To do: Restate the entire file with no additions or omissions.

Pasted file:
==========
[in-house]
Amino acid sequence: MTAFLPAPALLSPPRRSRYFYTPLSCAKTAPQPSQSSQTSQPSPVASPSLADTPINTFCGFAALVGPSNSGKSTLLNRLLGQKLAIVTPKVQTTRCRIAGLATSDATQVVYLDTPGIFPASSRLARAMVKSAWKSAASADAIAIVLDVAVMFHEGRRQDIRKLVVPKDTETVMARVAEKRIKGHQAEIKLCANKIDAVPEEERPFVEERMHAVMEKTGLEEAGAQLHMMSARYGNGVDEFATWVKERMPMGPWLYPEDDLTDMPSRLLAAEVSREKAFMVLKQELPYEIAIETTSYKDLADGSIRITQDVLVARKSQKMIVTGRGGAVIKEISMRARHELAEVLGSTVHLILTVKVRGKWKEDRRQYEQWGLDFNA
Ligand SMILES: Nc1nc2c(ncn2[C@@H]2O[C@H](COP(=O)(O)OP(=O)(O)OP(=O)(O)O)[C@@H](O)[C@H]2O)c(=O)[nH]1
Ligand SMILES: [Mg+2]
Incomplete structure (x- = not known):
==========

[in-house]
Amino acid sequence: MTAFLPAPALLSPPRRSRYFYTPLSCAKTAPQPSQSSQTSQPSPVASPSLADTPINTFCGFAALVGPSNSGKSTLLNRLLGQKLAIVTPKVQTTRCRIAGLATSDATQVVYLDTPGIFPASSRLARAMVKSAWKSAASADAIAIVLDVAVMFHEGRRQDIRKLVVPKDTETVMARVAEKRIKGHQAEIKLCANKIDAVPEEERPFVEERMHAVMEKTGLEEAGAQLHMMSARYGNGVDEFATWVKERMPMGPWLYPEDDLTDMPSRLLAAEVSREKAFMVLKQELPYEIAIETTSYKDLADGSIRITQDVLVARKSQKMIVTGRGGAVIKEISMRARHELAEVLGSTVHLILTVKVRGKWKEDRRQYEQWGLDFNA
Ligand SMILES: Nc1nc2c(ncn2[C@@H]2O[C@H](COP(=O)(O)OP(=O)(O)OP(=O)(O)O)[C@@H](O)[C@H]2O)c(=O)[nH]1
Ligand SMILES: [Mg+2]
Incomplete structure (x- = not known):